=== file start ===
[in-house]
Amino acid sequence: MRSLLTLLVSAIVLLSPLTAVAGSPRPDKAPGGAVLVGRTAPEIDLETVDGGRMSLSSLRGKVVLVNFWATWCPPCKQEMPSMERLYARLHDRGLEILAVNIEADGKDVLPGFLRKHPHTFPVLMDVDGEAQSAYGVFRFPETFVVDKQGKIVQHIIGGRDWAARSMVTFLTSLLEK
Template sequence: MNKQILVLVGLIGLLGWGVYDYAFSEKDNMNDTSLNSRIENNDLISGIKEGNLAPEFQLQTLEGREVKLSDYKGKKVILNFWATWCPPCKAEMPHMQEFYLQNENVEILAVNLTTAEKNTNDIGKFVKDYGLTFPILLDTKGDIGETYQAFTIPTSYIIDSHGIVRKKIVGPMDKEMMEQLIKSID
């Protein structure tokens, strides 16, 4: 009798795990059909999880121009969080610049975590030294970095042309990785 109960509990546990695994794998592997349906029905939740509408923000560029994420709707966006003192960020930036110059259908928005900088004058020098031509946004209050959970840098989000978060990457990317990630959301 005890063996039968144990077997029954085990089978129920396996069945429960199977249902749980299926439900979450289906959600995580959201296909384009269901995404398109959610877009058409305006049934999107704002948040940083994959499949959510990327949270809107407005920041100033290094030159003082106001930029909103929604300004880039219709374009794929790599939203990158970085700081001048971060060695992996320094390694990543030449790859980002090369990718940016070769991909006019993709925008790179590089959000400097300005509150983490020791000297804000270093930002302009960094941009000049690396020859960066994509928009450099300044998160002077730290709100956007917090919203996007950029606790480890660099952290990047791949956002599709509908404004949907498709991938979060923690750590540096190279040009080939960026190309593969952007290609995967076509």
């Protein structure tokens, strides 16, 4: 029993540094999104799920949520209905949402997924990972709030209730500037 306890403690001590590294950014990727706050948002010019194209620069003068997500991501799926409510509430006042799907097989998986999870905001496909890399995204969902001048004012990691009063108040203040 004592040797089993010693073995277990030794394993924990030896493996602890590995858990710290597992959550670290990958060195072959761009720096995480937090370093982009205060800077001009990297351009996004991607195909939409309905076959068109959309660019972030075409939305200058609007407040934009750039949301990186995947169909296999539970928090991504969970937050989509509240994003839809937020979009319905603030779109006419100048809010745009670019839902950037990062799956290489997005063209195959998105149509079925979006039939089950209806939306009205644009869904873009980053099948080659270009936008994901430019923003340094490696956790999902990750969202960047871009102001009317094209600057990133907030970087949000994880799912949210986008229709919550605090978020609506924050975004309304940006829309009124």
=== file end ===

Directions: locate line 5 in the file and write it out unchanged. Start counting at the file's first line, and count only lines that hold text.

């Protein structure tokens, strides 16, 4: 029993540094999104799920949520209905949402997924990972709030209730500037 306890403690001590590294950014990727706050948002010019194209620069003068997500991501799926409510509430006042799907097989998986999870905001496909890399995204969902001048004012990691009063108040203040 004592040797089993010693073995277990030794394993924990030896493996602890590995858990710290597992959550670290990958060195072959761009720096995480937090370093982009205060800077001009990297351009996004991607195909939409309905076959068109959309660019972030075409939305200058609007407040934009750039949301990186995947169909296999539970928090991504969970937050989509509240994003839809937020979009319905603030779109006419100048809010745009670019839902950037990062799956290489997005063209195959998105149509079925979006039939089950209806939306009205644009869904873009980053099948080659270009936008994901430019923003340094490696956790999902990750969202960047871009102001009317094209600057990133907030970087949000994880799912949210986008229709919550605090978020609506924050975004309304940006829309009124």